John's Journal...

Trolling Successfully for Bass

Day 5: Trolling an Alabama Rig for Bassing Success

Editor’s Note: If you’re a professional bass tournament angler, stop reading. The following killer bass-fishing method is not for you.

Click for Larger ViewClick for Larger ViewAlthough the Alabama Rig was used to win some Bassmaster tournaments last year, BASS now has banned fishing the Alabama Rig in some of their tournaments. The man who makes the Alabama Rig that resembles a school of shad swimming together is Andy Poss of Muscle Shoals, Alabama. He has been fishing with this rig for about 2 years and has a patent pending. Mann’s Bait Company has bought the rights to this lure. At the top of the Alabama Rig is a plastic fish-looking body with five wires coming-out of it that are spread-out like an umbrella. Four of the wires are spread on 45- or 50-degree angles to the back of the body, and the middle wire comes straight out of the back of the body. This allows an angler to put four lures on the outer wires and one lure in the center. When Paul Elias fished the rig at Lake Guntersville in north Alabama at a bass tournament, he won $100,000 and used five Mann’s HardNose swim baits in the Tennessee shad color on the Alabama Rig. According to Elias, “I cast the Alabama Rig out on a bridge piling under a bridge at Lake Guntersville, and immediately I caught a big largemouth bass. I cast the Alabama Rig on the other side of the piling and caught a bass that weighed almost 3 pounds. As I was bringing that bass in, I spotted four or five more bass following the Alabama Rig. I went to another bridge piling and caught a 4-pound bass. That’s when I said to myself, ‘Paul you need to learn how to fish the Alabama Rig,’ and I did - around grass, points, ridges and any other structure I could find. The Alabama Rig caught those suspended bass that are so hard to catch with any-other lure.”

Elias learned to catch suspended bass on the Alabama Rig by casting it out and counting it down to the depth where his depth finder showed the suspended bass were holding. Then he started reeling the rig. Most of the fish he caught were holding in 20- to 25-foot-deep water over a 30- to 40-foot-deep bottom. Once Elias learned the importance of counting the rig down, he caught bass on every cast. As Elias recalls, “The biggest bass I caught in that FLW tournament weighed more than 6 pounds, and I doubled (caught two bass or more at the same time) three different times. The two biggest bass I caught at one time was a 4 pounder and a 3-3/4-pound bass. I fished the Tennessee shad color in Mann’s HardNose swimbait, because the bigger bass were feeding on the large gizzard shad. I cast the Alabama Rig on 65-pound test Spiderwire UltraCast FluoroBraid. I was fishing with a Pinnacle 7-foot 11-inch Perfecta rod with a heavy flipping action and using a 6.4:1 Pinnacle Optimus reel. I fished with one Alabama Rig all day long, and the wires never broke, although I was catching and releasing 30 to 40 bass a day during the tournament. At the end of the tournament, I had brought-in 20 bass that weighed 102 pounds and a few ounces. I won this FLW Lake Guntersville tournament by 17 pounds.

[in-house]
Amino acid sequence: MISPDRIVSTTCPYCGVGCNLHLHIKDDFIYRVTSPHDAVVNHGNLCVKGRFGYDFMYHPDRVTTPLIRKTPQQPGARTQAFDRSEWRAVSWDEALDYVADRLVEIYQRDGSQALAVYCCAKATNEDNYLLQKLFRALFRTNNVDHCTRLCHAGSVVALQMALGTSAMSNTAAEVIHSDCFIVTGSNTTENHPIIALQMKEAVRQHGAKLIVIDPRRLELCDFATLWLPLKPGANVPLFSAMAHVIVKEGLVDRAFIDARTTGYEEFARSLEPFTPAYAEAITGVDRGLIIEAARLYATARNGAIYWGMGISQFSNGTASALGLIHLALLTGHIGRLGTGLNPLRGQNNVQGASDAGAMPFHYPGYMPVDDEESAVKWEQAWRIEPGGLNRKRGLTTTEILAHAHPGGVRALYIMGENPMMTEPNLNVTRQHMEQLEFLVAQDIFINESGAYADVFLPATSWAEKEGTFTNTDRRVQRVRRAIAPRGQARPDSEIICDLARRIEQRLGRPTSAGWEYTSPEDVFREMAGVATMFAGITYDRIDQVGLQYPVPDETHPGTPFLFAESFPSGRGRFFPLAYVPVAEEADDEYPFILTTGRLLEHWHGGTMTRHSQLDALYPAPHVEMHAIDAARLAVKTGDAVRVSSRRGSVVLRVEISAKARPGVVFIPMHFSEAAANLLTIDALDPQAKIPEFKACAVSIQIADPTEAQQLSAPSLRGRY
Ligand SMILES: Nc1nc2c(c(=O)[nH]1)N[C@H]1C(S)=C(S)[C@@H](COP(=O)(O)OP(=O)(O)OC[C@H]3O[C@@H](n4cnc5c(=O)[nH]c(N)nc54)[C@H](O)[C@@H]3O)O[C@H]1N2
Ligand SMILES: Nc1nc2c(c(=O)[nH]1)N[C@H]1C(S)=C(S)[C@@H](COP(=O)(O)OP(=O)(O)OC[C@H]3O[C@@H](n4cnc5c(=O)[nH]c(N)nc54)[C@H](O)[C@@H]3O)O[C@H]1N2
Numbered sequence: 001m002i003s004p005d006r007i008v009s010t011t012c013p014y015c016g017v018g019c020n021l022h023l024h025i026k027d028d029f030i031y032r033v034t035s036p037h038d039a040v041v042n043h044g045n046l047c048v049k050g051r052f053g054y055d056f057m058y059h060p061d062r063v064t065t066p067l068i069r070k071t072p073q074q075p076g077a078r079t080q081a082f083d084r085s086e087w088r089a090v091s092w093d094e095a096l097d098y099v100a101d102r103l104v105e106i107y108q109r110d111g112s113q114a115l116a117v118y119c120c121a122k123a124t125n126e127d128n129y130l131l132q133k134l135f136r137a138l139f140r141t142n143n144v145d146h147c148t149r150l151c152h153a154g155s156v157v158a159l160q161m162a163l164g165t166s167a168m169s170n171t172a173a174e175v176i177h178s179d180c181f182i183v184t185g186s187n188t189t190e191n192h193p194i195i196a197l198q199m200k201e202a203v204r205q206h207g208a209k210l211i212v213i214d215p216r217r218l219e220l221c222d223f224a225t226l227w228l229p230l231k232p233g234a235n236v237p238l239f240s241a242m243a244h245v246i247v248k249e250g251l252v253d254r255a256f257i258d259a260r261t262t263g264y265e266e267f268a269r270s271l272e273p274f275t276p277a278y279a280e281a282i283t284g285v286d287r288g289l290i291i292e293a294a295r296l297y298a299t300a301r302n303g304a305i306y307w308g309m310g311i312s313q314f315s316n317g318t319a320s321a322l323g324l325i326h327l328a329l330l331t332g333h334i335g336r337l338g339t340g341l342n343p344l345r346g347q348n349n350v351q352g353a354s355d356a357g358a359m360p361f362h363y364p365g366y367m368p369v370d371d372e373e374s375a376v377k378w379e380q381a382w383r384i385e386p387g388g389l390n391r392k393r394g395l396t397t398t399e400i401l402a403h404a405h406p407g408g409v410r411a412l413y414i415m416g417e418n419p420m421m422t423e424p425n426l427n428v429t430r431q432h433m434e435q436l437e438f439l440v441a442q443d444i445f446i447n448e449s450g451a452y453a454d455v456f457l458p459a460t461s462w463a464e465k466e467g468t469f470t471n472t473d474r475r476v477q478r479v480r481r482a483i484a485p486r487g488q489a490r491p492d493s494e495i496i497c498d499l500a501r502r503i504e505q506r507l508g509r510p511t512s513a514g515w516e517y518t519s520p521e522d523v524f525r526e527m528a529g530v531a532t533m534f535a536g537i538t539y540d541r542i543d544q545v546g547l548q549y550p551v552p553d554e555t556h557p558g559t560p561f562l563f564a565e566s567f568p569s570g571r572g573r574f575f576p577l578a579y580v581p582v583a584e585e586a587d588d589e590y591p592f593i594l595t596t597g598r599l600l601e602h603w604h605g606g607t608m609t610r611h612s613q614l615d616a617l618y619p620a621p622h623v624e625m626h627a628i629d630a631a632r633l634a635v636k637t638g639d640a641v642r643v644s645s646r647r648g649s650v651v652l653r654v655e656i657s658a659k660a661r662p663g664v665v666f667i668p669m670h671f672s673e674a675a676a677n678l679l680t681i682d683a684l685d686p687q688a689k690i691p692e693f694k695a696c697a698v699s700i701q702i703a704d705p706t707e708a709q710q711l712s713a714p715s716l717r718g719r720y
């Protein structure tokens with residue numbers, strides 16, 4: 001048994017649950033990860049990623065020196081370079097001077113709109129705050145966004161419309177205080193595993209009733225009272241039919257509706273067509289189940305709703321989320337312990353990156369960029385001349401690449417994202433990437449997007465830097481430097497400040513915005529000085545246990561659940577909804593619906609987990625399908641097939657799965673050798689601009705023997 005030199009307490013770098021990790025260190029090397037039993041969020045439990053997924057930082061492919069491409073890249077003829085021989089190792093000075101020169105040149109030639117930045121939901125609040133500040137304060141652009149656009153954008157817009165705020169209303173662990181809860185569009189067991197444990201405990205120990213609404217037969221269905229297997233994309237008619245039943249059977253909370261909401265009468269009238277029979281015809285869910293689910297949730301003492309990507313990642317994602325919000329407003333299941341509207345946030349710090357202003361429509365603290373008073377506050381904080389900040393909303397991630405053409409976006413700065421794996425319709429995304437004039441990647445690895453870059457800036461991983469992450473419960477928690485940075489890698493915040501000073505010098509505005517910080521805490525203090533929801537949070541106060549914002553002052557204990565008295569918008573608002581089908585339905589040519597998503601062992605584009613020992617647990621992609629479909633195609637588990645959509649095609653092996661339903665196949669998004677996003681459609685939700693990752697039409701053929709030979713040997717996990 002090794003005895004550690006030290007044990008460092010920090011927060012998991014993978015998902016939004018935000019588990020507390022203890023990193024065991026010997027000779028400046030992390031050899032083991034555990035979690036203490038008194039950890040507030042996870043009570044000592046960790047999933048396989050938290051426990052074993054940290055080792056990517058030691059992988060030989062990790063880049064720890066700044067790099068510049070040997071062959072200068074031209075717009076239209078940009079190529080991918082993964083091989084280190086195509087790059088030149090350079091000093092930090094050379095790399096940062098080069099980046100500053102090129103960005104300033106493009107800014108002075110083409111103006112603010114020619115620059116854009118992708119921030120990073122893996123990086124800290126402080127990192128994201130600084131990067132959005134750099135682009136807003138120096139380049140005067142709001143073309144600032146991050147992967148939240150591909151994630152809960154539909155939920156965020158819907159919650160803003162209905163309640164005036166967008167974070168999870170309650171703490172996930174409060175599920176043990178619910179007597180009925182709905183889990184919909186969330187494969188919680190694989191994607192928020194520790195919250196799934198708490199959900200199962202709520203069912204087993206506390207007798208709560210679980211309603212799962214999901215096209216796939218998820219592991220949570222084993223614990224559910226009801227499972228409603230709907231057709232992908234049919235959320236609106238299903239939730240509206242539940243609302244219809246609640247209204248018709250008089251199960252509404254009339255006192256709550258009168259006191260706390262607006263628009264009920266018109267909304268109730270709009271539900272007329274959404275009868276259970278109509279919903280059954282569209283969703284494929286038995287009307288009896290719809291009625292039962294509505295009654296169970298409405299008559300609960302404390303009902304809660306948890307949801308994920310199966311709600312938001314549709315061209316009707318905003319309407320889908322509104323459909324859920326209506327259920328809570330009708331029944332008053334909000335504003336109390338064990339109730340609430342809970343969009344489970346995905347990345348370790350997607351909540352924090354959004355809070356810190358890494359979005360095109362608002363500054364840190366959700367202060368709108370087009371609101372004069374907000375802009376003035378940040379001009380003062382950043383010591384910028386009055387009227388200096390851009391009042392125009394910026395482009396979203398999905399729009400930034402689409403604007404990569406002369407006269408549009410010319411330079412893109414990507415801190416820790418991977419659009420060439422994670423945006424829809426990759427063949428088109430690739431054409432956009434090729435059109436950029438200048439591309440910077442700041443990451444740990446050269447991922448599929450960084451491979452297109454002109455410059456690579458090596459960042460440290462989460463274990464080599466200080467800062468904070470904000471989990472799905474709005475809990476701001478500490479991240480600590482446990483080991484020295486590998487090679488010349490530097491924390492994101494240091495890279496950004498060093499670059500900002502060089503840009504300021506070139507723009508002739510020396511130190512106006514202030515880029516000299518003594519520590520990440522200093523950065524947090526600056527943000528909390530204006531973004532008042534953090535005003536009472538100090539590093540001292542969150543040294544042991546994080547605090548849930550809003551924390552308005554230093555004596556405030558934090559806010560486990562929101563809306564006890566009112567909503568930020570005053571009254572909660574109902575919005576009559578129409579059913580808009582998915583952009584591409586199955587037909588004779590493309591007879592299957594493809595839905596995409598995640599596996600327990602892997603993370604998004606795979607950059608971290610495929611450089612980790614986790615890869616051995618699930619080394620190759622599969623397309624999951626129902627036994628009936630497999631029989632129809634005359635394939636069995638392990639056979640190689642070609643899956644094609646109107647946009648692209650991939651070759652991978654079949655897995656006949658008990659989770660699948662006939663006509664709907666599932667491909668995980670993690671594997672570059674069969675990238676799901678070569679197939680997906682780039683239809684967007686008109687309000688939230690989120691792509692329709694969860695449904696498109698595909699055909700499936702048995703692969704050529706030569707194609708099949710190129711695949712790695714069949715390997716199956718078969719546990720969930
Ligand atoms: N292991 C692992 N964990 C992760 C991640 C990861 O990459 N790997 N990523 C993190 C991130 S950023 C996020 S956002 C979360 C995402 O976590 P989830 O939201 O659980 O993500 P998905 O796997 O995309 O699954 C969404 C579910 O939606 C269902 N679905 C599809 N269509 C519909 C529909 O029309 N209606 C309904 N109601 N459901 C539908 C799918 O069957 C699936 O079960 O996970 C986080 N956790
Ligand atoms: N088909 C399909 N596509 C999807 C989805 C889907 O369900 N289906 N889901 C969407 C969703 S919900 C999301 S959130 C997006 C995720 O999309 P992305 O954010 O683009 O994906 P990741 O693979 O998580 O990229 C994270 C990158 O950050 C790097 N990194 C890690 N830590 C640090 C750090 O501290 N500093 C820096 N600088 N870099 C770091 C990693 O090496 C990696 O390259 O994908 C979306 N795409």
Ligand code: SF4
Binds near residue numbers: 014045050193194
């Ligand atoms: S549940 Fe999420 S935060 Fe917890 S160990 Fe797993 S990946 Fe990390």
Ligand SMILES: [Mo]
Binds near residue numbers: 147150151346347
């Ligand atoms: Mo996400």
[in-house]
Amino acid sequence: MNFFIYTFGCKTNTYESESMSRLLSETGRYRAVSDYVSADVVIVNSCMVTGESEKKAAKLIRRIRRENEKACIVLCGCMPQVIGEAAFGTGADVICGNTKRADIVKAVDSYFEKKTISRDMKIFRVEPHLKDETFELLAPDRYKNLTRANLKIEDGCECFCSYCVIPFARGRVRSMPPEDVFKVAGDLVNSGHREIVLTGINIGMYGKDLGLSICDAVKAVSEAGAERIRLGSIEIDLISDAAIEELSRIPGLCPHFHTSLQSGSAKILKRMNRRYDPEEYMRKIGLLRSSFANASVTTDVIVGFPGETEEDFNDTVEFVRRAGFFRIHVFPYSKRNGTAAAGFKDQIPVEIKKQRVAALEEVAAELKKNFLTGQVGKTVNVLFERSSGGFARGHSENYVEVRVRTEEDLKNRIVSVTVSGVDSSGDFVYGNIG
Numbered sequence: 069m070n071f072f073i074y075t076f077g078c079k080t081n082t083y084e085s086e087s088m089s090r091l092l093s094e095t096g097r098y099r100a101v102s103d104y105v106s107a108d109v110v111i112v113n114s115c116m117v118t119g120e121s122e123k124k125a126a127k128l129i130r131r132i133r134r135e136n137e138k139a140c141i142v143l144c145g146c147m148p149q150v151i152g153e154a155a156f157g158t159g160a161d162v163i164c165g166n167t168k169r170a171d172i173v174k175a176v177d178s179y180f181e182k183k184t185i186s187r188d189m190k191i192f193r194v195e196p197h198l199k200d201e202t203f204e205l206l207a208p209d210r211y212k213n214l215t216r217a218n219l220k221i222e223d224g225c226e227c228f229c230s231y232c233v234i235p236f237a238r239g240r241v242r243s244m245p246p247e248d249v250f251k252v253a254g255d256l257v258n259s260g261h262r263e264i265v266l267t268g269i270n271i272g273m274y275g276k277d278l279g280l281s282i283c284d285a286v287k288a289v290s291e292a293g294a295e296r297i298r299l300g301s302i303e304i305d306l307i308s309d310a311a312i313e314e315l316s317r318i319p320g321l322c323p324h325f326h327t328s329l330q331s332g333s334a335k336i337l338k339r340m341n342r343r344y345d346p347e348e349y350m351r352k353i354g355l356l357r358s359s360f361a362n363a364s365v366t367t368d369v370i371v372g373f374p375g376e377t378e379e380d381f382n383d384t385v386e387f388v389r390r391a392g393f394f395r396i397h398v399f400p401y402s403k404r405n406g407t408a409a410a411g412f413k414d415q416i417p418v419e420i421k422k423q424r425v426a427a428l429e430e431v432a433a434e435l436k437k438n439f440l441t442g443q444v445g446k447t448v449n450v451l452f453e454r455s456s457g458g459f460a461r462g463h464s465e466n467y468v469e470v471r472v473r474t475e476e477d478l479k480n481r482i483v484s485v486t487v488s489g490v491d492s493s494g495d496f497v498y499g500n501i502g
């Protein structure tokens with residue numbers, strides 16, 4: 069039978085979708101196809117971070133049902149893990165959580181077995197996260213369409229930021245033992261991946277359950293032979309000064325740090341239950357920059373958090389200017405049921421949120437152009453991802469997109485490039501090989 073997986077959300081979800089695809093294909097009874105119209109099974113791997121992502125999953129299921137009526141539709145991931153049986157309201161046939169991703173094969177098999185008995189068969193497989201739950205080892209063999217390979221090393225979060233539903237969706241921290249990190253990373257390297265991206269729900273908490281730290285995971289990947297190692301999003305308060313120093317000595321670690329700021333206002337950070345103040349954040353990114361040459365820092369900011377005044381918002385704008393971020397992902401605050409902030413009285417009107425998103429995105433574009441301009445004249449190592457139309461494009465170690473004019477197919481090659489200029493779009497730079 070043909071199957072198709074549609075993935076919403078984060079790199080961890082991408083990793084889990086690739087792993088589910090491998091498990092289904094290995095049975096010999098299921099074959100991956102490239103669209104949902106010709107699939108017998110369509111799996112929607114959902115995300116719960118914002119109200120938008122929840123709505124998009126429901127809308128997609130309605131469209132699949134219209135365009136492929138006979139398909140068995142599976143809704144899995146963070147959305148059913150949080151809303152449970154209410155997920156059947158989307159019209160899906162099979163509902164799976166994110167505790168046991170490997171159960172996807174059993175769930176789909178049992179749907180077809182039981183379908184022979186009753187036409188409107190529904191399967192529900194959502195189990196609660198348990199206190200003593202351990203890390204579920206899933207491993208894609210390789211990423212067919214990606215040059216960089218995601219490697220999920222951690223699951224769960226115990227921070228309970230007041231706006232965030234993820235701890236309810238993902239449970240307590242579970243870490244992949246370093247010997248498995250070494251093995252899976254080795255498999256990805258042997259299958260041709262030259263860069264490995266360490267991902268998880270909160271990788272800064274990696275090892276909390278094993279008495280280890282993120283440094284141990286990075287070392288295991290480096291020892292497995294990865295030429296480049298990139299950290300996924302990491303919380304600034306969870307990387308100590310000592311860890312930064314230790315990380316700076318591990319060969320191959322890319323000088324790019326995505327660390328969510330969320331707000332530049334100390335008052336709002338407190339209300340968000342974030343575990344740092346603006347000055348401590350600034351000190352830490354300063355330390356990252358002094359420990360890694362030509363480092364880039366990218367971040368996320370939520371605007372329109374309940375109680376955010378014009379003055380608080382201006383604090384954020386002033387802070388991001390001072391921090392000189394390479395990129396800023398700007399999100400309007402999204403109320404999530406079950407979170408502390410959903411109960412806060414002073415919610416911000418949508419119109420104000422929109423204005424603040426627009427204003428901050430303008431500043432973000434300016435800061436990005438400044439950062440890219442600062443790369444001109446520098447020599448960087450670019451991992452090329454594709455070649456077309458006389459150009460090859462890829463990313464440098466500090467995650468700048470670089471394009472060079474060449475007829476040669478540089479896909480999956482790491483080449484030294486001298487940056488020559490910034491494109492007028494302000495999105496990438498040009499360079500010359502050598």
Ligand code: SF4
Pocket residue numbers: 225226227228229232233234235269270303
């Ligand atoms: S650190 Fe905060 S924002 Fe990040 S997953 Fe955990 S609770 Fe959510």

Click for Larger ViewClick for Larger View“I believe that at certain times of the year, the Alabama Rig will be unbeatable in terms of bass fishing. You’re presenting more than one lure to the bass at one time, and the bass probably never have seen this type of presentation. Too, the Alabama Rig displaces much-more water then a single lure does, so the bass can zero-in on the rig much quicker and easier then they can on a single lure. The strikes you receive on the Alabama Rig are much-more violent than they are when you’re fishing a single lure. I believe the bass believe they’re busting into a school of shad and want to eat one of the shad and injure the other shad in the school. Some of the bass I’ve caught have had two lures in their mouths at the same time. Something else I’ve learned about the Alabama Rig is that it can be fished close to the bottom. As you know, when you’re fishing for suspended bass, you need to leave your hooks exposed. However, when you’re fishing the bottom, you need to make your lures weedless. This rig is weightless, and the entire rig weighs about 3/8-ounce. I was using 3/8- or 1/2-ounce heads, one on each wire with the Mann’s HardNose jigs, which allowed me to cast 3 to 5 ounces of weight every time I threw the Alabama Rig out, using swim-bait heads rigged with exposed hooks to catch suspended bass. However, to swim the Alabama Rig slowly and close to the bottom or the rocks, you’ll need Gamakatsu No. 6 or No.7 wide gap hooks with either a 1/8-ounce or 1/4-ounce weight already attached to the hook. Texas-rig each individual hook, and then the hooks won’t hang on the hooks or the bottom.”

How to Bass Fish Like a ProHow to catch the Biggest and Most Bass in any LakeThese tactics are just a sample of what you’ll learn in the new Kindle eBooks, “How to Bass Fish Like a Pro” and “How to Catch the Biggest and Most Bass in Any Lake” by John E. Phillips. Go to, type in the names of the books, and download them to your Kindle, and/or download a Kindle app for your iPad, SmartPhone or computer.


Check back each day this week for more about "Trolling Successfully for Bass"

Day 1: Trolling for Bass by Bottom Walking with Jack Wingate
Day 2: Trolling Points and Banks and Deep Trolling for Bass
Day 3: Trolling Humps, Vegetation and Tailraces for Bass
Day 4: Selecting Your Trolling Speed and Belly Boating Ponds for Bass
Day 5: Trolling an Alabama Rig for Bassing Success

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Entry 684, Day 5